California Woman Leaves $9 Million to Dogs
A Carmel, CA, woman, Karen Ruhlmann, who died two years ago, left more than $9 million to three canine-care organizations: the SPCA for Monterey County, the Animal Friends Rescue Project in Pacific Grove, CA, and Best Friends Animal Society of Kanab, Utah.
The IRS has just cleared the estate for distribution of funds, attorney David S. Mullally announced, and the gift will be divided equally among the three.
Ms. Ruhlmann was 69 years old when she passed in 2012. She was born in Hamburg, Germany, and worked as a graphic designer and art director in Germany, Austria and England before moving to the United States in 1970, according to the Monterey Herald.
She relocated from Pinehurst, N.C., to the scenic coastal city of Carmel in 2000, after the death of her husband, Lony Ruhlmann.
"Karen loved dogs, and any dog in need was a friend of hers," said attorney Mullally. "During her life she adopted and cared for Gypsy, a rescue who was her daily companion. She also helped others with the care of their four-legged friends and supported organizations that provided services for dogs in need."
Gary Tiscornia, executive director of the SPCA for Monterey County, said the generous bequest would help complete the current renovation of the SPCA facility, adding:
"Karen had a passion particularly to see shelter dogs get adopted. Only about 18 to 20 percent of newly acquired dogs in our country come from shelters, and she really wanted to see that number go up, so we thought it would be really fitting to name our dog adoption area for Karen and her husband, Lony."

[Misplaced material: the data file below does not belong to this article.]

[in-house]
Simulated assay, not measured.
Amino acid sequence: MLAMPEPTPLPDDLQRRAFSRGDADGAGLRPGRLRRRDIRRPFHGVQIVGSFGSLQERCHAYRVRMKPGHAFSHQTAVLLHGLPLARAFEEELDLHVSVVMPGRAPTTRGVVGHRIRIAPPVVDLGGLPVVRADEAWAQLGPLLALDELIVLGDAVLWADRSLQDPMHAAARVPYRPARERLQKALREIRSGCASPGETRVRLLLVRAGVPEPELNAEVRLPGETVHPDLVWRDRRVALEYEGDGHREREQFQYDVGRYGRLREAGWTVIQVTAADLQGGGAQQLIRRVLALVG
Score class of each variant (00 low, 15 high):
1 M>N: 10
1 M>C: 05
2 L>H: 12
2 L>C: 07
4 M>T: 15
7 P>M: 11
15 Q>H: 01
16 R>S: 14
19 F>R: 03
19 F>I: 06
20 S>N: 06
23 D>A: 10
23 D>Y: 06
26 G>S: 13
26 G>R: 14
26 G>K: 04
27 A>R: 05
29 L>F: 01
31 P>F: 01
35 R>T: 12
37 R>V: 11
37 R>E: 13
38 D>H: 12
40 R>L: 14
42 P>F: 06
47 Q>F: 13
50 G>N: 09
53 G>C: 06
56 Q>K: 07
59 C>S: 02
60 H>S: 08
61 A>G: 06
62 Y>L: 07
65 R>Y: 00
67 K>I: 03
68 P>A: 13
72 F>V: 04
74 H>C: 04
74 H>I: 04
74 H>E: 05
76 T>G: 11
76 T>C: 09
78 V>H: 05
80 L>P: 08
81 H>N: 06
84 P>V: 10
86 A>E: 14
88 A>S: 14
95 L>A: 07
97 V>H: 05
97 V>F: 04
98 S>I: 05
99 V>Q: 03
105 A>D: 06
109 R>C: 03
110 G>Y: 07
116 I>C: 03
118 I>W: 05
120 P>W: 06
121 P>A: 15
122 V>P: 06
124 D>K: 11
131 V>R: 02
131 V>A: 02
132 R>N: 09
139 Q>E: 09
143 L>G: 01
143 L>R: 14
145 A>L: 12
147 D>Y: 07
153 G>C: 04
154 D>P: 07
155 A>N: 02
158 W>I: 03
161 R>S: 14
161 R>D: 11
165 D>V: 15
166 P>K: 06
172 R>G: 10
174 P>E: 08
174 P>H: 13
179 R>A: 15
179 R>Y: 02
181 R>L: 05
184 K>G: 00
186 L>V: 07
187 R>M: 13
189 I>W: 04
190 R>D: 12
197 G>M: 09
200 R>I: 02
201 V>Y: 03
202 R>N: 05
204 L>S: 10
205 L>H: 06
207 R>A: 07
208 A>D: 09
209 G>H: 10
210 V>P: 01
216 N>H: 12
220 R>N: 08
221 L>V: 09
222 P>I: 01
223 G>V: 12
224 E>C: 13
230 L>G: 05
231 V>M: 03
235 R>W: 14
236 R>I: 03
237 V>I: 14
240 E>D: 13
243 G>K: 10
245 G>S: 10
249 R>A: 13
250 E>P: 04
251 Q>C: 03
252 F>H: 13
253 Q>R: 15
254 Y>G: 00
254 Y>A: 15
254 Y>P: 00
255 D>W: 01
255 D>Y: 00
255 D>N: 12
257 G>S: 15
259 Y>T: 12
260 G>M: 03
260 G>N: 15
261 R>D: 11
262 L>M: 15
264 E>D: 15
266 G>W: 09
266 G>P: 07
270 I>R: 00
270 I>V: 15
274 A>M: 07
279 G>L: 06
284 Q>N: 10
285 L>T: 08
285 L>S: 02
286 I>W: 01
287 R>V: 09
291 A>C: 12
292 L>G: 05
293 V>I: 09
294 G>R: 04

Mr. Tiscornia’s statistics reflect the longstanding trend cited by Merritt Clifton, editor of Animal People, who writes that relevant statistics for dogs included in the American Veterinary Medical Association’s (AVMA) 2012 Pet Ownership & Demographics Sourcebook show, “54% of the dogs in homes are purebreds, meaning that they came from a breeder--yet 85% of the pet keepers say they would prefer to adopt from a shelter or rescue group.”
--1981 (Nasser study) 19.4% of dogs from shelters, 26% from breeders
--2002 (APPA study) 17% of dogs from shelters, 29% from breeders
--2012 (APPA study) 20% of dogs from shelters, 54% from breeders
“This is an extremely wide gap between what people claim they would do and what they actually do,” says Clifton, “but it parallels the trend of the past 30 years:”
It is hard to predict whether Ms. Ruhlmann’s generous gift can change this historical trend for adoption of dogs in Monterey County, but it certainly will positively impact the lives of many.
Source: Monterey Herald